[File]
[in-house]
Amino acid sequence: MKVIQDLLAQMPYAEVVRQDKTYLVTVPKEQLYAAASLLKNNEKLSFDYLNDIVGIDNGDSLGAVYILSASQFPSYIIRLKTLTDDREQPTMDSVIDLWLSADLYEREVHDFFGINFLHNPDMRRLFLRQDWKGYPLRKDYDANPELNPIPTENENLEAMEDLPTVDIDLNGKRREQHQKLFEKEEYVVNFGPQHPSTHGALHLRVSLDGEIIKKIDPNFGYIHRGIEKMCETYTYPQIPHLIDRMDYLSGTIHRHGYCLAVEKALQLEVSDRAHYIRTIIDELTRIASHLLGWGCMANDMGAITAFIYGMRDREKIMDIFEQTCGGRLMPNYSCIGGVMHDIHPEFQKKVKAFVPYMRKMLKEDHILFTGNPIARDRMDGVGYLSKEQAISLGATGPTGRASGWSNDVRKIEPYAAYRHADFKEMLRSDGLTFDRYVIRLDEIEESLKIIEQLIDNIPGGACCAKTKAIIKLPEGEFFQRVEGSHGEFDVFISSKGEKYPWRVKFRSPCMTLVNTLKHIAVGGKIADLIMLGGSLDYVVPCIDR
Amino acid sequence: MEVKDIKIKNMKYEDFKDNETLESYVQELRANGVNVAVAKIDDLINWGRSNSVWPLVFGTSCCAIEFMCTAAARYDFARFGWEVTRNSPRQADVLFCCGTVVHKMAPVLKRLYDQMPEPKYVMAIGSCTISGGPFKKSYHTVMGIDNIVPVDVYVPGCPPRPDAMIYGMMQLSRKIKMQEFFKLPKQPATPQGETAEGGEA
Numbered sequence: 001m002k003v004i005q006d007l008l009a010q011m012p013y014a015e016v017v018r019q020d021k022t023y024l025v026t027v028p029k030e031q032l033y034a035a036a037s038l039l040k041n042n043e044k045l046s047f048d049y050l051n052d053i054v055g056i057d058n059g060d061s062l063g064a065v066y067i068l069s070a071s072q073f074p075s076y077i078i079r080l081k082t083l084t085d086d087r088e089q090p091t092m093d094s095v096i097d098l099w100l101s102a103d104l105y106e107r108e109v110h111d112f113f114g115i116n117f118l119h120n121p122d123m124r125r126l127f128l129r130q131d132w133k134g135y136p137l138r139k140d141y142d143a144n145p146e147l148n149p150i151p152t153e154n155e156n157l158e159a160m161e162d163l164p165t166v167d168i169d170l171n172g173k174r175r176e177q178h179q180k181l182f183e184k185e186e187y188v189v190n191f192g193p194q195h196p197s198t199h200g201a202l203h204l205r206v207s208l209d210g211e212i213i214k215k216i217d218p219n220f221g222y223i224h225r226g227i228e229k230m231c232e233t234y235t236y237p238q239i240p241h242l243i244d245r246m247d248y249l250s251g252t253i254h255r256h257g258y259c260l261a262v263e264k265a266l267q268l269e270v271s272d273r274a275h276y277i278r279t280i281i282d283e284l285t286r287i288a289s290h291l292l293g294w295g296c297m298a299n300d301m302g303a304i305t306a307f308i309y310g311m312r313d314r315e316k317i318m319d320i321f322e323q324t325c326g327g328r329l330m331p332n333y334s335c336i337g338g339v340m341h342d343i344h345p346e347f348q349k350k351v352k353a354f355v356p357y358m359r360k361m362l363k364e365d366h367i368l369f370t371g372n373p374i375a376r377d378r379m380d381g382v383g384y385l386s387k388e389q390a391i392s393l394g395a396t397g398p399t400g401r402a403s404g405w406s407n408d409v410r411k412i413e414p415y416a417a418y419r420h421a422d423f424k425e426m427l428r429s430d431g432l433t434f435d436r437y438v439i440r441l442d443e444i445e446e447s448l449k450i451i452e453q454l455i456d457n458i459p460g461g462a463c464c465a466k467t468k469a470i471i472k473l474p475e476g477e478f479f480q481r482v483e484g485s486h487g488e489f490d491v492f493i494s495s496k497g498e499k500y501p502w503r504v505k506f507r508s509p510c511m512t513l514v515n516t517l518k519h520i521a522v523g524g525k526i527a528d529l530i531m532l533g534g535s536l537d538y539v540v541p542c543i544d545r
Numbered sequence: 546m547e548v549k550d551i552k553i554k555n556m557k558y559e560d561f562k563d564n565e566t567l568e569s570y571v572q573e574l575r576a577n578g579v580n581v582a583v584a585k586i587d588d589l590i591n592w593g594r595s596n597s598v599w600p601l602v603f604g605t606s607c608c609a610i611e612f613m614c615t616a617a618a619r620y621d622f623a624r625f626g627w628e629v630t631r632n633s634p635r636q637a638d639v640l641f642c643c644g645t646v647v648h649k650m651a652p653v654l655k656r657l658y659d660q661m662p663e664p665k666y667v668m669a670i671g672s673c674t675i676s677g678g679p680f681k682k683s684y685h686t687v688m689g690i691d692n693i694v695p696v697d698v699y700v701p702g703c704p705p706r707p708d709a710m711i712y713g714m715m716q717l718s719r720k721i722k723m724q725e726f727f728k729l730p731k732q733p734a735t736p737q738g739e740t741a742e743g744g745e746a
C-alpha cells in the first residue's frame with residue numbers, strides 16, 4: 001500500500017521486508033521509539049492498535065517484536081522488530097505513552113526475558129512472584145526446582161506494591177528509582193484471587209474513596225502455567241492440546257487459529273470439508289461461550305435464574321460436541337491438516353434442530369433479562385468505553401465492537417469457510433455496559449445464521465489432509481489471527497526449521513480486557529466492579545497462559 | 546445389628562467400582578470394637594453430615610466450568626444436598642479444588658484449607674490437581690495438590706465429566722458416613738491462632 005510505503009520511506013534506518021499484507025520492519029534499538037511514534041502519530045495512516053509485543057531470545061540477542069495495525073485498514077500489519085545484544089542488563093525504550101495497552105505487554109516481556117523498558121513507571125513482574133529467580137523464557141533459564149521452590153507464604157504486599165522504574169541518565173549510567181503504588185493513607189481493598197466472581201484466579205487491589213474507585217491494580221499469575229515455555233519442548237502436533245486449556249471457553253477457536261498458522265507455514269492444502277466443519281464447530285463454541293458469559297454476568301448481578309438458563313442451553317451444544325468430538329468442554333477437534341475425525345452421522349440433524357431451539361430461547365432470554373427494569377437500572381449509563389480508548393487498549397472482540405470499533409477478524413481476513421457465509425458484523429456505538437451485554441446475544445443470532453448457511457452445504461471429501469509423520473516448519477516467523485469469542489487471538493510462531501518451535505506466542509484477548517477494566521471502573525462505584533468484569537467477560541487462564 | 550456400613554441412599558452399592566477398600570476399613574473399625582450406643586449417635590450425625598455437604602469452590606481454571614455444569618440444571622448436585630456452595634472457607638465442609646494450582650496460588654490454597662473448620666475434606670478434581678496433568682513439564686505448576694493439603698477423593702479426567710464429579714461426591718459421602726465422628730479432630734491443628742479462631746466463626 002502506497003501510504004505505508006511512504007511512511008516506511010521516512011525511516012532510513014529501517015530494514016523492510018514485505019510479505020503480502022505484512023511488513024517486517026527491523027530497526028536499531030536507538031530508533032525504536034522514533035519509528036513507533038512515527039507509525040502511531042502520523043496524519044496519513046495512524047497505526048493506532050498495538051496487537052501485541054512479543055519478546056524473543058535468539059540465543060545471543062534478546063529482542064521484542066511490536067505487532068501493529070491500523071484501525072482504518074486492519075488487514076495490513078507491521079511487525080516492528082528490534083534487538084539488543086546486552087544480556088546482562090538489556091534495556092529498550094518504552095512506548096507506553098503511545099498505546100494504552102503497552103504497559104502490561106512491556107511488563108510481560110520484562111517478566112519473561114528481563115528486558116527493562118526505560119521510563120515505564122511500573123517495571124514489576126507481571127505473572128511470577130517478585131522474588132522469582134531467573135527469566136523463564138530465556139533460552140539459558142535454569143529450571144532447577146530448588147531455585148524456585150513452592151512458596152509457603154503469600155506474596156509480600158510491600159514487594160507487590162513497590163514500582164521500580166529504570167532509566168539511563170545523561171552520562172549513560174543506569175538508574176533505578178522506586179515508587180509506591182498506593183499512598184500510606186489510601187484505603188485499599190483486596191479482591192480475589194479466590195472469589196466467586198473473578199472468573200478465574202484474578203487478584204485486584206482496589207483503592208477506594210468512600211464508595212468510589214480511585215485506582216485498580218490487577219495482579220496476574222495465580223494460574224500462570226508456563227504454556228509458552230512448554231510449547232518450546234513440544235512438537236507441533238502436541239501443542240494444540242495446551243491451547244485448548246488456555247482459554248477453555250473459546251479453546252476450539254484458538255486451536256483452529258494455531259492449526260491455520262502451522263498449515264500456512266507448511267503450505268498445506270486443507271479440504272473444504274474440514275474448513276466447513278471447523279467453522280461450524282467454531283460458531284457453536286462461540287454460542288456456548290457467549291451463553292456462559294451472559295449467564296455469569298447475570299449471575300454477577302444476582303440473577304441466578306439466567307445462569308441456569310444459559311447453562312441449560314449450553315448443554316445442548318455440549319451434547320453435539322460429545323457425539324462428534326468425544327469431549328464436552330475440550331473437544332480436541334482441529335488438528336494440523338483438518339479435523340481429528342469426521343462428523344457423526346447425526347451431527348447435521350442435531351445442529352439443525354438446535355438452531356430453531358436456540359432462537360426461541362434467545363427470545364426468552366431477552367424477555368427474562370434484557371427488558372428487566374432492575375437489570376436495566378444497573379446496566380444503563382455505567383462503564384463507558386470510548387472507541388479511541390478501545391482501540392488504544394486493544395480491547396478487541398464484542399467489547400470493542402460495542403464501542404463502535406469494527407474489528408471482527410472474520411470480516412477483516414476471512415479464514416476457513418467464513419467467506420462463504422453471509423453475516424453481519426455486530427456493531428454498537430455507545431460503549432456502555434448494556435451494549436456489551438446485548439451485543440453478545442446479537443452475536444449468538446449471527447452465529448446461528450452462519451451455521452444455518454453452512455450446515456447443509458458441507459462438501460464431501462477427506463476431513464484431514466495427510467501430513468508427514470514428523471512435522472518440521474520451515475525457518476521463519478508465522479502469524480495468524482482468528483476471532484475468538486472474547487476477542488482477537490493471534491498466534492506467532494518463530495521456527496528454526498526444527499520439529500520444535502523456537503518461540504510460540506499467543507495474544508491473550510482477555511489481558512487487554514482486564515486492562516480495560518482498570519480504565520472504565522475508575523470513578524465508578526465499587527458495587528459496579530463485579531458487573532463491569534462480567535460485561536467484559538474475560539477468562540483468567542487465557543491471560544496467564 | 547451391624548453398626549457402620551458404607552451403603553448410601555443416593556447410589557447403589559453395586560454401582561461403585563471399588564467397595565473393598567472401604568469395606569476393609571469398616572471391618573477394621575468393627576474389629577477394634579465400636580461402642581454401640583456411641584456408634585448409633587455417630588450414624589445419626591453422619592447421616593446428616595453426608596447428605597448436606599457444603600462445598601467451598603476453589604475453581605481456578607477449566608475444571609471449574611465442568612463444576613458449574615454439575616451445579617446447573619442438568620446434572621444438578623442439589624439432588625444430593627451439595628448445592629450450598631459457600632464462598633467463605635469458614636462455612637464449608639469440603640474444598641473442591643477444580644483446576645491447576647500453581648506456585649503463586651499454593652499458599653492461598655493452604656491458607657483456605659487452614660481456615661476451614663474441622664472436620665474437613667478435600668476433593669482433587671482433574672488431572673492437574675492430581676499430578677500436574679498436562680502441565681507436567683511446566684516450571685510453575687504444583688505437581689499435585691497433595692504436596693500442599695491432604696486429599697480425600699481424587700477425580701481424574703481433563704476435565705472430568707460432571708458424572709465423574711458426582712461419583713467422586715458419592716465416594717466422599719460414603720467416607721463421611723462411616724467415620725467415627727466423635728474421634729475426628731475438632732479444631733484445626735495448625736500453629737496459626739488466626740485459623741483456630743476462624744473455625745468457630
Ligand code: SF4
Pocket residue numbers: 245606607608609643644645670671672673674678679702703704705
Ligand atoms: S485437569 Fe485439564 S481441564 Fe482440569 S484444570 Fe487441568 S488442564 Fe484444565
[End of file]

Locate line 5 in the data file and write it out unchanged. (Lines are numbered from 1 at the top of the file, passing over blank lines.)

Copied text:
Numbered sequence: 546m547e548v549k550d551i552k553i554k555n556m557k558y559e560d561f562k563d564n565e566t567l568e569s570y571v572q573e574l575r576a577n578g579v580n581v582a583v584a585k586i587d588d589l590i591n592w593g594r595s596n597s598v599w600p601l602v603f604g605t606s607c608c609a610i611e612f613m614c615t616a617a618a619r620y621d622f623a624r625f626g627w628e629v630t631r632n633s634p635r636q637a638d639v640l641f642c643c644g645t646v647v648h649k650m651a652p653v654l655k656r657l658y659d660q661m662p663e664p665k666y667v668m669a670i671g672s673c674t675i676s677g678g679p680f681k682k683s684y685h686t687v688m689g690i691d692n693i694v695p696v697d698v699y700v701p702g703c704p705p706r707p708d709a710m711i712y713g714m715m716q717l718s719r720k721i722k723m724q725e726f727f728k729l730p731k732q733p734a735t736p737q738g739e740t741a742e743g744g745e746a